A new exhibit of works by Paul Gauguin at the Grand Palais in Paris causes controversy this week as critics accuse the artist of cultural appropriation and colonialist tendencies.
The post-impressionist, famous for his bright colors and tribal woodcuts, became a hero of the French avant-garde and the modernist movement after his death in 1903. He was a bold and imaginative painter whose work went largely unappreciated during his lifetime, causing him to leave France for French Polynesia in the South Pacific, still a colony during that time. Much of the controversy that has recently come up about Gauguin relates to his conduct in Tahiti, where he took a 13-year-old Tahitian bride and many young lovers, before “looting” much of the local art in order to profit from its novelty back on the mainland.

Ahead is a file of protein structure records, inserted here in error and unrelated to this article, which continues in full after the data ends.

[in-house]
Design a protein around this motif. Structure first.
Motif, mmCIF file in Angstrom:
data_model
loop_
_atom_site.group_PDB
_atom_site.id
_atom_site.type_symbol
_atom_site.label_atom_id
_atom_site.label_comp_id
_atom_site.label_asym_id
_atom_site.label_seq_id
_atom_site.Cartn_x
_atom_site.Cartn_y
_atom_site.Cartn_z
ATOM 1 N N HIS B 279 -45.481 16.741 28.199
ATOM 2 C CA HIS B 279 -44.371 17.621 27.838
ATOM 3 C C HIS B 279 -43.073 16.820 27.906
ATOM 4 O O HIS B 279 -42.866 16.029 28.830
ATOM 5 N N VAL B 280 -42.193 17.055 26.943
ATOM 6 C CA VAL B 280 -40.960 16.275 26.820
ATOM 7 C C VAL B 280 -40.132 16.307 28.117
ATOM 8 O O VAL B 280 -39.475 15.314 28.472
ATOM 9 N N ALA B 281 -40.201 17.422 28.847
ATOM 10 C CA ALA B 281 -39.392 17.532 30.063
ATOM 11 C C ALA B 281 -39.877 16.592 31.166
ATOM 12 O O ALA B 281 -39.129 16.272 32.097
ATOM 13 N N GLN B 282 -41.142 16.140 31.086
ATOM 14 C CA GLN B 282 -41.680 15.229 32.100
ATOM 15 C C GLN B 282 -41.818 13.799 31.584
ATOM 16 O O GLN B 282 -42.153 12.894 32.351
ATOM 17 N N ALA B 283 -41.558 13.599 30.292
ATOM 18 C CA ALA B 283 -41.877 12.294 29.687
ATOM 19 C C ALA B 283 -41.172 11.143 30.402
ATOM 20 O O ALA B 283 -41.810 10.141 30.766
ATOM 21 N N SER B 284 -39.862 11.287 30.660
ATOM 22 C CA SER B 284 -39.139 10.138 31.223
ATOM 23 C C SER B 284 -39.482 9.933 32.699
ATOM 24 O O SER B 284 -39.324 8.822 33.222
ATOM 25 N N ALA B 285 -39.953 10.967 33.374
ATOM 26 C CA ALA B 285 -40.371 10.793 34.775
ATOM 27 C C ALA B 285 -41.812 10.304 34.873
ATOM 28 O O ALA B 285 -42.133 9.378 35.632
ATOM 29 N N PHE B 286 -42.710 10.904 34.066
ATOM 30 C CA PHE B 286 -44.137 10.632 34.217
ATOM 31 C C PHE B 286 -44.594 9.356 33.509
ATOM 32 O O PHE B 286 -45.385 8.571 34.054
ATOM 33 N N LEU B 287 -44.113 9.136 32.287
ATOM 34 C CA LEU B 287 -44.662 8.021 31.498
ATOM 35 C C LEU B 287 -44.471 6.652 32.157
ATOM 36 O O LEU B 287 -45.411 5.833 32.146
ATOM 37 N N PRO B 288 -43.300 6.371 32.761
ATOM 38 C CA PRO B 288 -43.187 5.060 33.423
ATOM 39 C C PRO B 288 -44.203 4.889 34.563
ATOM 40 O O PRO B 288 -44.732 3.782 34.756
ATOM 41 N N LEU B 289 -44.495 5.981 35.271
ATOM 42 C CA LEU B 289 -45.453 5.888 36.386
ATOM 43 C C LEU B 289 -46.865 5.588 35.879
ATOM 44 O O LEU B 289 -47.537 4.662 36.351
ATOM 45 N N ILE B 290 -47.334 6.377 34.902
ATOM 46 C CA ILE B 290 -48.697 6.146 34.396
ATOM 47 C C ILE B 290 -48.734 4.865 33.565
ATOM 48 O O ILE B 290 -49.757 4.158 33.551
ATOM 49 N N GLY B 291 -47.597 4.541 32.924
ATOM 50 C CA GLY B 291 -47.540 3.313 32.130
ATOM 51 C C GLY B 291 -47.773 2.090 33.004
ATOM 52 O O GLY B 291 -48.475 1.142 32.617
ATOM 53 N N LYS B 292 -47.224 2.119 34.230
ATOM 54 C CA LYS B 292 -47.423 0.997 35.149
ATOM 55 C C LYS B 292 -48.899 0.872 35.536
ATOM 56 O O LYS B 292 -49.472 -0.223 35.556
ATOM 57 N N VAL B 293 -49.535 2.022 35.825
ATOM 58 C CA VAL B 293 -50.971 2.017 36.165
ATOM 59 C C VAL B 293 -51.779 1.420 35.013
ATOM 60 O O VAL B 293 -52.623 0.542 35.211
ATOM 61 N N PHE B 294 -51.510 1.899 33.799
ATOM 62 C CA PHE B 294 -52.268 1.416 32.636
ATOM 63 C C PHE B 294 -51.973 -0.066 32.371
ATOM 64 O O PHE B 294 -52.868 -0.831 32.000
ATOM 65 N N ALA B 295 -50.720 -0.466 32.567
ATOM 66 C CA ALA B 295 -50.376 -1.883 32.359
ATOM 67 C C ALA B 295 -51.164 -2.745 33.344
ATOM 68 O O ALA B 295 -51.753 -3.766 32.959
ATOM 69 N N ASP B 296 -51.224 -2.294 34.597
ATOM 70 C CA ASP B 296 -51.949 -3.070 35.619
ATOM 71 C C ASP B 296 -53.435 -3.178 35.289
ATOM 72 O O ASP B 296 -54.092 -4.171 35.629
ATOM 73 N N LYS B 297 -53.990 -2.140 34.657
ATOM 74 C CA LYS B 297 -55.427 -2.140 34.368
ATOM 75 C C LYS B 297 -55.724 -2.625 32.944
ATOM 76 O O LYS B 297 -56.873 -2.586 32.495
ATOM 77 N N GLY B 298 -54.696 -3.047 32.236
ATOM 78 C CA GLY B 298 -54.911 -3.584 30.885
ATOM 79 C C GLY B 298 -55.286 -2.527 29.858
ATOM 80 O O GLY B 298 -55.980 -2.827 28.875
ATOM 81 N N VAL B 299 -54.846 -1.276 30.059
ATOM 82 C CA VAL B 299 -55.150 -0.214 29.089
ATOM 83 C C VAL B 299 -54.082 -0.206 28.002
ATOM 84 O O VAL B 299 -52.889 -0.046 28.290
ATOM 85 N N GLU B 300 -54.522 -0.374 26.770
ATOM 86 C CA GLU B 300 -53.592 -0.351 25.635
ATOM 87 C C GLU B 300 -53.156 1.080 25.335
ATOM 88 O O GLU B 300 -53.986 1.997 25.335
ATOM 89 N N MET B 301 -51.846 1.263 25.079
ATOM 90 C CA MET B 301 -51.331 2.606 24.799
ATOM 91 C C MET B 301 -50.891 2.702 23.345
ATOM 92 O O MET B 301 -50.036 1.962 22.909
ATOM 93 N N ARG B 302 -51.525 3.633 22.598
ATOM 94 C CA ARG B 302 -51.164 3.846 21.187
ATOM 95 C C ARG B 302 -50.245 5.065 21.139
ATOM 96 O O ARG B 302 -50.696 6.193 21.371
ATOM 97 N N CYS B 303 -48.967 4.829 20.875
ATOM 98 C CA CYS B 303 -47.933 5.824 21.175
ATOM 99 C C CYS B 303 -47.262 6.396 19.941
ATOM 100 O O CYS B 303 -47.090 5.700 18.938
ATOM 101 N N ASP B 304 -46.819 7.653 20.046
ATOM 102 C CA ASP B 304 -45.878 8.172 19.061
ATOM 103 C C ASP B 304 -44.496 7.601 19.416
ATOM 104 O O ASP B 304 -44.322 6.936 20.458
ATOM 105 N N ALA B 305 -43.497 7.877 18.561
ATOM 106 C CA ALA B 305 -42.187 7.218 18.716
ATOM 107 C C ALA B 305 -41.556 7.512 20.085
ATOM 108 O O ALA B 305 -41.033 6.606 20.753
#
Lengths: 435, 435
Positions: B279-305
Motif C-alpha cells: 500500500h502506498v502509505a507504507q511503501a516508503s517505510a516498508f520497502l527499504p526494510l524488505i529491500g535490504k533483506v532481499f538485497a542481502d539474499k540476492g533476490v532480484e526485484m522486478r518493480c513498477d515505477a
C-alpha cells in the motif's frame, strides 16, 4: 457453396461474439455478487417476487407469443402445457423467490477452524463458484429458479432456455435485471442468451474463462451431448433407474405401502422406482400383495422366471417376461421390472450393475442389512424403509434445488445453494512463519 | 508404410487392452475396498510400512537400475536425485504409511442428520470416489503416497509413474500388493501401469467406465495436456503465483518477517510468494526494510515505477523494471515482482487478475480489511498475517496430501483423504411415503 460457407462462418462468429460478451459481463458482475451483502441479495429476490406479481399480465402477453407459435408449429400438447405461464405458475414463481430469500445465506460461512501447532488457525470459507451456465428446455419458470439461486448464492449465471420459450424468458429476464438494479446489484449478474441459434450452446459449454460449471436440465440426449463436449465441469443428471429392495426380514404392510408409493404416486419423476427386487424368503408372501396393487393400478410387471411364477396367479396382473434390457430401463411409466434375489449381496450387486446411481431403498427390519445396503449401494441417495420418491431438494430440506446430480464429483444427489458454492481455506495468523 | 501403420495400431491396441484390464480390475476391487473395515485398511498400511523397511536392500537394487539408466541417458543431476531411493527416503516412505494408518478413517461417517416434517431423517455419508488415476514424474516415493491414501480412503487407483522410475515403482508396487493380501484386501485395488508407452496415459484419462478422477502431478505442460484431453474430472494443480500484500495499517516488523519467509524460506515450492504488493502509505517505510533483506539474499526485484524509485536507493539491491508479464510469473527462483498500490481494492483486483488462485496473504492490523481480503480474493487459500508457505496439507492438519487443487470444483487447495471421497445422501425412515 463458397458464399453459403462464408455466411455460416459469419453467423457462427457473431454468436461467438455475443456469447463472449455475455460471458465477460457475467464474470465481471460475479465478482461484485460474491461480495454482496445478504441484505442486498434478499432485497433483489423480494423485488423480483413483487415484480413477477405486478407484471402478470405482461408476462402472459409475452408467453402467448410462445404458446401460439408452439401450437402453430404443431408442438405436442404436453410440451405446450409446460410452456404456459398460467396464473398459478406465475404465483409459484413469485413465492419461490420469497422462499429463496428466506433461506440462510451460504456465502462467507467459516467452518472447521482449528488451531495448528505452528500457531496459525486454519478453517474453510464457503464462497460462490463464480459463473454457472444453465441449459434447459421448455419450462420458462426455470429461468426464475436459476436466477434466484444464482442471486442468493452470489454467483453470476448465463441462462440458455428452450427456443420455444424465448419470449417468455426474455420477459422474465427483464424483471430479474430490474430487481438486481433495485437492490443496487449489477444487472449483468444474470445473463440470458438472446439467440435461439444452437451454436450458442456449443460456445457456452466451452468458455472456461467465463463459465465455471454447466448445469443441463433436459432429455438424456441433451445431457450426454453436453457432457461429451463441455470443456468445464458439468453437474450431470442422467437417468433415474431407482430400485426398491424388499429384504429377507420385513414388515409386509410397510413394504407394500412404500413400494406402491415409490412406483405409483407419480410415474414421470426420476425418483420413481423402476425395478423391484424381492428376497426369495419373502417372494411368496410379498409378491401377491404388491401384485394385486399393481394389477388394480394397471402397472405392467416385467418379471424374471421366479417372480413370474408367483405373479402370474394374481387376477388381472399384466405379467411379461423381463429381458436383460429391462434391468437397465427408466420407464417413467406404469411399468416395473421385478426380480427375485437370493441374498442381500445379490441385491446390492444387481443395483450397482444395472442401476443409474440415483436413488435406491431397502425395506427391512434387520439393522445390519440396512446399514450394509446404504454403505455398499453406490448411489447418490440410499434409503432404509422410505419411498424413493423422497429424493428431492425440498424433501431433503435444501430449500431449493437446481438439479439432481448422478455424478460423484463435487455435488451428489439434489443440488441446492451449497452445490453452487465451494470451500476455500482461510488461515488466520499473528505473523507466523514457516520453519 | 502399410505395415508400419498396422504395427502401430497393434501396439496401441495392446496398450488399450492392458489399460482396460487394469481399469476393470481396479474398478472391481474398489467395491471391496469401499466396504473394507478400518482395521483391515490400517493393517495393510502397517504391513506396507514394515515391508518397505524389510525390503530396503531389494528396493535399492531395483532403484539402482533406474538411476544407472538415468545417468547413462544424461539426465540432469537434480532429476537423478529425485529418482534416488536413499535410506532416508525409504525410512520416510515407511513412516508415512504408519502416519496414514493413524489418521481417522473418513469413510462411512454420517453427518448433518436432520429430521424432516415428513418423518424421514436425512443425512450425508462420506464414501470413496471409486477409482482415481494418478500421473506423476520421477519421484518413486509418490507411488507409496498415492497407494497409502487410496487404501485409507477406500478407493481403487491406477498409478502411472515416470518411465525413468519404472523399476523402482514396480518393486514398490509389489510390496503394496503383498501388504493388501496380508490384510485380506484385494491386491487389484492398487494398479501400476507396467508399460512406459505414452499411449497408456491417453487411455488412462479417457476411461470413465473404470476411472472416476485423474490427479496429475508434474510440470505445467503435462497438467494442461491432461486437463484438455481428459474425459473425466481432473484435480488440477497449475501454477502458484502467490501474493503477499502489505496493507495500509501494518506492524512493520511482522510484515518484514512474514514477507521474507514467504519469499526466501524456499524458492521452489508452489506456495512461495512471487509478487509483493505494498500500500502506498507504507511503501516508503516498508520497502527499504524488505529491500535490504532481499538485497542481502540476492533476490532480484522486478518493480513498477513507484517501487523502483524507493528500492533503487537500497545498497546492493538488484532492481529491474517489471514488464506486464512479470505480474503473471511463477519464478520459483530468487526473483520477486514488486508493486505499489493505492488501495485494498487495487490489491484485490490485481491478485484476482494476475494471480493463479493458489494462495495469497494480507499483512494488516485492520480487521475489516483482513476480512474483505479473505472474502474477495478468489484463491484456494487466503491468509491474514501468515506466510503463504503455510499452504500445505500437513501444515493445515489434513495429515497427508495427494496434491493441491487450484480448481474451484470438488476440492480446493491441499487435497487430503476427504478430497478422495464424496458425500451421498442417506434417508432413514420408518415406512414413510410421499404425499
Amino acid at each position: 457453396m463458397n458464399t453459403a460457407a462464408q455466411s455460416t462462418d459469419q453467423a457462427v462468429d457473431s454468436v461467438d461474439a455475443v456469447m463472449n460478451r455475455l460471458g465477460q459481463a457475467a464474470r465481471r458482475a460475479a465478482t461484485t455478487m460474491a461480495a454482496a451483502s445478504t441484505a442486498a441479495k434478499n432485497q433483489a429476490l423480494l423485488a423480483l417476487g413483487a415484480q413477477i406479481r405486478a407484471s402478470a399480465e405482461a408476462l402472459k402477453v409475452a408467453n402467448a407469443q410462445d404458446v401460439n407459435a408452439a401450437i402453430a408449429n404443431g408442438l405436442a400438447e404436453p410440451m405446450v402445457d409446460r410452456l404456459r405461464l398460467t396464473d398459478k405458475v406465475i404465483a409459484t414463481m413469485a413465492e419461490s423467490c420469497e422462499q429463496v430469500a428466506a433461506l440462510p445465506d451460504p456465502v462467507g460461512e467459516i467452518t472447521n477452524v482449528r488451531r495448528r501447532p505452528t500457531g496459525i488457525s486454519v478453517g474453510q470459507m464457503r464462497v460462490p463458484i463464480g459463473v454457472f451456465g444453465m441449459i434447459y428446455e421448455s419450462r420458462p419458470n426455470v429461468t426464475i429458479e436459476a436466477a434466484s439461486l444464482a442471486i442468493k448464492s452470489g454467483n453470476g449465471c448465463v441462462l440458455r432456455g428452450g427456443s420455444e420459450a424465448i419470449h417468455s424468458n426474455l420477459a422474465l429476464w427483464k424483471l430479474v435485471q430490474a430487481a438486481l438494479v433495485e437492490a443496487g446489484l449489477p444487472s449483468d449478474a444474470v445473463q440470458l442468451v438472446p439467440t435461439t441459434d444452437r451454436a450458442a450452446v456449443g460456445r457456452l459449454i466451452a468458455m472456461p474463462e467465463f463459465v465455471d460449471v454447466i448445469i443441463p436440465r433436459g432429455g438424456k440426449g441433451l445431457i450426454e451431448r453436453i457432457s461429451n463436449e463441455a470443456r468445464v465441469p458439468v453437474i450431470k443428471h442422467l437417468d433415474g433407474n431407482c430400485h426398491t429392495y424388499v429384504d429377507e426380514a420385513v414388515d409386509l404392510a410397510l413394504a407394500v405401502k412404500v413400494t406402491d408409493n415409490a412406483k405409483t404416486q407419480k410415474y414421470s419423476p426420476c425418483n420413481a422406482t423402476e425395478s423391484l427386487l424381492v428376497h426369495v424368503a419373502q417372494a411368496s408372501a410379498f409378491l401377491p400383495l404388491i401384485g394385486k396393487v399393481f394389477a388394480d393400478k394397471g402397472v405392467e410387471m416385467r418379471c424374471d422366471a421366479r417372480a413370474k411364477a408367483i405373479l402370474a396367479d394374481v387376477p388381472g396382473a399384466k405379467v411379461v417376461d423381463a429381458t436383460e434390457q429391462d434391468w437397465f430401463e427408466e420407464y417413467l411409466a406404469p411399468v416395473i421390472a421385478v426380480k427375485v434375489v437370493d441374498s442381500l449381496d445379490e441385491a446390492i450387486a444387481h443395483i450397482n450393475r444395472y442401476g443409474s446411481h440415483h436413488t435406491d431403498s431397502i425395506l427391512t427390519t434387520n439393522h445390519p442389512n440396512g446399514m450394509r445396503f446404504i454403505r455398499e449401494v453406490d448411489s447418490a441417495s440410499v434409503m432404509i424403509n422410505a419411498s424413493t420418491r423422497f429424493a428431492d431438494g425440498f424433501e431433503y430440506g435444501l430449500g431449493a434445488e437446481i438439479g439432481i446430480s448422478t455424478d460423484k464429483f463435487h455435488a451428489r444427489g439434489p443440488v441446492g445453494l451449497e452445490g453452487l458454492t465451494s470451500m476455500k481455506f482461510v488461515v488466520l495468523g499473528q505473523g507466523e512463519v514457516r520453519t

“The history of colonization is still a very touchy issue in France, much more than in the UK or US,” says historian and professor Jean-Francois Staszak. “For many people in Tahiti, Gauguin is nothing better than a colonist drunkard.” Whether or not the French choose to talk about colonialism and these aspects of Gauguin’s life, this exhibit will certainly open questions about the place of politics in art, and how historical context can enrich and supplement much of the artwork of a country that is still one of the largest artistic influencers in the world.